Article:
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Neuroscience

Localization of the Locus Coeruleus in the Mouse Brain

Published: March 7th, 2019

DOI:

10.3791/58652

1Department of Physiology, Johns Hopkins University, School of Medicine, 2Department of Neuroscience, Johns Hopkins University, 3Department of Molecular and Medical Genetics, OHSU, 4X-ray science division, Advanced Photon Source, Argonne National Laboratory

The locus coeruleus is a small cluster of neurons involved in a variety of physiological processes. Here, we describe a protocol to prepare mouse brain sections for studies of proteins and metals in this nucleus.

The locus coeruleus (LC) is a major hub of norepinephrine producing neurons that modulate a number of physiological functions. Structural or functional abnormalities of LC impact several brain regions including cortex, hippocampus, and cerebellum and may contribute to depression, bipolar disorder, anxiety, as well as Parkinson disease and Alzheimer disease. These disorders are often associated with metal misbalance, but the role of metals in LC is only partially understood. Morphologic and functional studies of LC are needed to better understand the human pathologies and contribution of metals. Mice are a widely used experimental model, but the mouse LC is small (~0.3 mm diameter) and hard to identify for a non-expert. Here, we describe a step-by-step immunohistochemistry-based protocol to localize the LC in the mouse brain. Dopamine-β-hydroxylase (DBH), and alternatively, tyrosine hydroxylase (TH), both enzymes highly expressed in the LC, are used as immunohistochemical markers in brain slices. Sections adjacent to LC-containing sections can be used for further analysis, including histology for morphological studies, metabolic testing, as well as metal imaging by X-ray fluorescence microscopy (XFM).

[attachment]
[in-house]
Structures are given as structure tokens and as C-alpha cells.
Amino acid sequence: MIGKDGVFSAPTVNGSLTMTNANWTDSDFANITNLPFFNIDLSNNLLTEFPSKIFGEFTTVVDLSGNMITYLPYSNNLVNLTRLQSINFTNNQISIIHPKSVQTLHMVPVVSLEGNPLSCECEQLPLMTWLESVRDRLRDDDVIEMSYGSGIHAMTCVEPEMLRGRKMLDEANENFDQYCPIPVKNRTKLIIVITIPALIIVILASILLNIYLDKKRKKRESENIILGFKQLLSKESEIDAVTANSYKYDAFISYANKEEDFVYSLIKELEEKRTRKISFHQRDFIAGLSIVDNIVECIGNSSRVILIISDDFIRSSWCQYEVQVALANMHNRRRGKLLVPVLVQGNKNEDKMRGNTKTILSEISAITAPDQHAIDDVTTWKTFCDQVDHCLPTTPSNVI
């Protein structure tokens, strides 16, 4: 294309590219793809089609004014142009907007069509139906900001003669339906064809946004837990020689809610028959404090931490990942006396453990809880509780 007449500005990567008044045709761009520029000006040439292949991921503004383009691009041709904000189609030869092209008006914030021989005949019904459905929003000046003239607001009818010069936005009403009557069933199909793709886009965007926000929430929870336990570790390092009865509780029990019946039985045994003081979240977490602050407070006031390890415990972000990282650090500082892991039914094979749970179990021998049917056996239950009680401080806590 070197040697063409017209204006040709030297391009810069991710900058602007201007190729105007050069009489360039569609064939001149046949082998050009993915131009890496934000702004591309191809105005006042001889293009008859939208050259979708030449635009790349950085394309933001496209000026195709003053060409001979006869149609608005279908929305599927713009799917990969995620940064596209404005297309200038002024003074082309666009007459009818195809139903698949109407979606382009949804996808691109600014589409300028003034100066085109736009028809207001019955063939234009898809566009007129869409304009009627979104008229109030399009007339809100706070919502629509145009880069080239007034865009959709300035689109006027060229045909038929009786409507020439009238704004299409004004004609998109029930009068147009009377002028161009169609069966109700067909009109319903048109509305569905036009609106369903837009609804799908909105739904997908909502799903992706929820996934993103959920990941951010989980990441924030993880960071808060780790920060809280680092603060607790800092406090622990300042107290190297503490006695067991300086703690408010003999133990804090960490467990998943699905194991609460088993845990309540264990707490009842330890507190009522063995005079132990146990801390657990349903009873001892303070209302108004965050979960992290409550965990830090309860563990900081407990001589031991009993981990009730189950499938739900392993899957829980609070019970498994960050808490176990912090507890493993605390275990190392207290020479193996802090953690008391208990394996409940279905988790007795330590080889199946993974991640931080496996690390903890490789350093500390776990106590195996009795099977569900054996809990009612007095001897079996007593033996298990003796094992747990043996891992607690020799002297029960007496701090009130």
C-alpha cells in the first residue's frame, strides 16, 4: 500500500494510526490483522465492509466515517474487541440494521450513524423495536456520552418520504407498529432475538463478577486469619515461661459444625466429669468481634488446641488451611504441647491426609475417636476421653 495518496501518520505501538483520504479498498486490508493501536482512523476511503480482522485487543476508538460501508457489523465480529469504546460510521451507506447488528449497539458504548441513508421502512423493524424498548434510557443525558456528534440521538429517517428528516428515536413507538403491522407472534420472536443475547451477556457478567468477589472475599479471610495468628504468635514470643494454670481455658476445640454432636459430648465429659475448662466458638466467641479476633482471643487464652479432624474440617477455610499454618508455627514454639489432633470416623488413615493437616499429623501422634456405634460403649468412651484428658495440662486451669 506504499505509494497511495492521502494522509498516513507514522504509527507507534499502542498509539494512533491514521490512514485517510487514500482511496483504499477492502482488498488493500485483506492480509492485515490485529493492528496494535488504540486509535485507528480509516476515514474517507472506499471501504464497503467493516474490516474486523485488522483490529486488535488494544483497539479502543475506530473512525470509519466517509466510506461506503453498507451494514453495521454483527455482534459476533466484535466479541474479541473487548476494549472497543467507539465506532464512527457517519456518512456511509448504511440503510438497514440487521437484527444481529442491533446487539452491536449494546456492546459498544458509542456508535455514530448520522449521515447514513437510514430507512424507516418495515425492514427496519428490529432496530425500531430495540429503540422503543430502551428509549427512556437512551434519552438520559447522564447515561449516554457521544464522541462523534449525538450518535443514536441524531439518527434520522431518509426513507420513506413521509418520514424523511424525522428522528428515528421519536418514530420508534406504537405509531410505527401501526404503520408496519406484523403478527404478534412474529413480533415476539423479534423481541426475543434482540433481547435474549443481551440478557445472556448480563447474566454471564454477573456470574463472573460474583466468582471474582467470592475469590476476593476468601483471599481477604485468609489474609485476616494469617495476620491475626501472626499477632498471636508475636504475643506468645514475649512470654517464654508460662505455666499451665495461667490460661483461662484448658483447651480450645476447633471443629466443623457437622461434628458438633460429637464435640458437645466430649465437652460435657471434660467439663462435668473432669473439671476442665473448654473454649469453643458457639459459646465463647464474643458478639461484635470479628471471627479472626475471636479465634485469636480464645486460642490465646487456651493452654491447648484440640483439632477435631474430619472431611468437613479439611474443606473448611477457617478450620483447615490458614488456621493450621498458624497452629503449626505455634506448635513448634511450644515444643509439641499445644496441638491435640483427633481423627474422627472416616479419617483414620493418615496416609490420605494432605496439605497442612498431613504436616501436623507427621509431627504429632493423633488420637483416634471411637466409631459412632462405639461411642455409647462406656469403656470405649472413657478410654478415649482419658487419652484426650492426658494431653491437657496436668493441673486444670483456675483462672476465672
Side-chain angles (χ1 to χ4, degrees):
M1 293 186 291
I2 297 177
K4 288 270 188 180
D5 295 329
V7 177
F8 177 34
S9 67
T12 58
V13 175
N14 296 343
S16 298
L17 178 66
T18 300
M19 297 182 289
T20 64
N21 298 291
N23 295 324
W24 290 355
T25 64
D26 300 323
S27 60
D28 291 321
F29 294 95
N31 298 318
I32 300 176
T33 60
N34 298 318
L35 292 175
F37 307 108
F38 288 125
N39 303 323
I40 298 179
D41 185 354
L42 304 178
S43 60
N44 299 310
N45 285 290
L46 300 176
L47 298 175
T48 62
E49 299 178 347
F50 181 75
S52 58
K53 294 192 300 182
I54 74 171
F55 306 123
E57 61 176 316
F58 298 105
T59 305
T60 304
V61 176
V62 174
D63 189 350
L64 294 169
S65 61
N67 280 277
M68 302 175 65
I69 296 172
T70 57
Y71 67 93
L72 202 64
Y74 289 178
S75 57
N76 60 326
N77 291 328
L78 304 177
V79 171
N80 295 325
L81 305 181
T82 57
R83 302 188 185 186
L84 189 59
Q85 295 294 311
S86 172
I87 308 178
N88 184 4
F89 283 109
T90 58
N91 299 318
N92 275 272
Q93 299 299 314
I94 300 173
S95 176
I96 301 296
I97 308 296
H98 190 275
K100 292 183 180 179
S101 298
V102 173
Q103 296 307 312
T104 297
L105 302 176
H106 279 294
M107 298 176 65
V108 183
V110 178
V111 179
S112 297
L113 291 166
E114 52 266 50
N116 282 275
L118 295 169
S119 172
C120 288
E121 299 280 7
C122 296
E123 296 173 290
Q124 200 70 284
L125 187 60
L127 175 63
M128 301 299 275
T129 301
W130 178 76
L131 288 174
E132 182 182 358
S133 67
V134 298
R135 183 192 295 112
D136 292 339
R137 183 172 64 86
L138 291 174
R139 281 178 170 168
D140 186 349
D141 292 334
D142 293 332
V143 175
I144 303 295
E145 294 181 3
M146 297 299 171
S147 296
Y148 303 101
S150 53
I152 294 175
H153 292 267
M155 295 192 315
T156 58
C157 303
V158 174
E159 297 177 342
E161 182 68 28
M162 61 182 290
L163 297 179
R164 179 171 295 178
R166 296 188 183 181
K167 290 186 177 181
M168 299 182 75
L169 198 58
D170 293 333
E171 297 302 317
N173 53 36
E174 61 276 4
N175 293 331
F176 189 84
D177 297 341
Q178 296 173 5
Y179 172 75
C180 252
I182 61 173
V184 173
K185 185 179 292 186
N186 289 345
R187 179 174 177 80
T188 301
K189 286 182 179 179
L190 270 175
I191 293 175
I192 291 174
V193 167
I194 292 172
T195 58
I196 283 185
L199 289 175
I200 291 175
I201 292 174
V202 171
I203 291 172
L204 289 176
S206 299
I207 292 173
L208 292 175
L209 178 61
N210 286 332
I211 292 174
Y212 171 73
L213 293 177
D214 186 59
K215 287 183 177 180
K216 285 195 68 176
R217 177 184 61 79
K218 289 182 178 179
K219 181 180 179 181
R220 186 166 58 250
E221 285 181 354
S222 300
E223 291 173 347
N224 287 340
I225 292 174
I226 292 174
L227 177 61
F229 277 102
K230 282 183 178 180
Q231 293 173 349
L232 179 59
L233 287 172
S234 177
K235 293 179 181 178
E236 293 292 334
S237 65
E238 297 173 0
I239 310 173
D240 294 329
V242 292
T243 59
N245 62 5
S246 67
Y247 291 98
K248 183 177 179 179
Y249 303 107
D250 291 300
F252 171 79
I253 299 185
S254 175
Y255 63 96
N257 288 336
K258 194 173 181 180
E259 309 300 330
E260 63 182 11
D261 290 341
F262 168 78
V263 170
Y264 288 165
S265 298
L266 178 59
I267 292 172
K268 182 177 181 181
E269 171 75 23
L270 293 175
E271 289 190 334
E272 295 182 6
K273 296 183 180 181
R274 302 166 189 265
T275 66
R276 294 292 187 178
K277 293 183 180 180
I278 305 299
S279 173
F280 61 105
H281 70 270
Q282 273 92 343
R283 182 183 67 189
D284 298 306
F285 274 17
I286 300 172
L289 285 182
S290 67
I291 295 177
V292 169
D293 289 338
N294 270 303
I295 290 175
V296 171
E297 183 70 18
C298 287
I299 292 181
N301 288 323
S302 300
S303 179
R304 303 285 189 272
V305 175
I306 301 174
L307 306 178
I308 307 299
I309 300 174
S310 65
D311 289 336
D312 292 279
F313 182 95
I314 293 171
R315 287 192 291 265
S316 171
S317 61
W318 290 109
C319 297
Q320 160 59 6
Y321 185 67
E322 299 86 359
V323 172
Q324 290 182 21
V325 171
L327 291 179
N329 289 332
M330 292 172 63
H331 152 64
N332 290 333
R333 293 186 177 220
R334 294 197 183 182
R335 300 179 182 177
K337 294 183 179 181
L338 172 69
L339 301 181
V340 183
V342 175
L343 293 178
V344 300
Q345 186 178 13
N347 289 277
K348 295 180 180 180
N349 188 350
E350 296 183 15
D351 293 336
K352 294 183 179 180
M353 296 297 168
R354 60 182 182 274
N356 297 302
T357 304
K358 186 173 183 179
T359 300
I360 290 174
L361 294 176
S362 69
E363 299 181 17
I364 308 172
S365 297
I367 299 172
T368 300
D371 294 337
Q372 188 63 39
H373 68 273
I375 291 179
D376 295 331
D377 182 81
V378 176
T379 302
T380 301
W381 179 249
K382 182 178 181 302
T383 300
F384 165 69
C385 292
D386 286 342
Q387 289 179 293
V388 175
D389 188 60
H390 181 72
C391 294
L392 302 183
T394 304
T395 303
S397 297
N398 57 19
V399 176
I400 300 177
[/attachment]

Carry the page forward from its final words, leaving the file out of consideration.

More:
The locus coeruleus (LC) is an important region in the brainstem and a major site of norepinephrine (NE) production1. The LC sends projections throughout the brain2 to the cortex, the hippocampus and the cerebellum3 and regulates major physiological processes, including circadian rhythm4,5, attention and memory6, stress7, cognitive processes8, and emotion9,10. Dysfunction of LC has been implicated in neurologic....

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Studies of animals was approved by Johns Hopkins University Animal Care and use (ACUC) protocol number M017M385.

1. Brain Slicing

  1. To immobilize, anesthetize mice by the application of 3% isoflurane.
    1. Soak a cotton ball with drops of isoflurane and place it in a 15 mL microcentrifuge tube. Place the animal’s nose into the tube and allow it to inhale the isoflurane. Check for the depth of anesthesia by the lack of response to toe-pinch.
  2. Place .......

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Changes in metal homeostasis (such as Cu, Fe, Zn, and Mn) are often observed in neurologic disorders, including changes in the LC34,35. Thus, determining metal levels in the brain is necessary for understanding of disease mechanisms. The brain sections generated using the described protocol can be used to quantify the levels of Cu and other metals in the LC and compare them to the levels in regions outside of the LC. (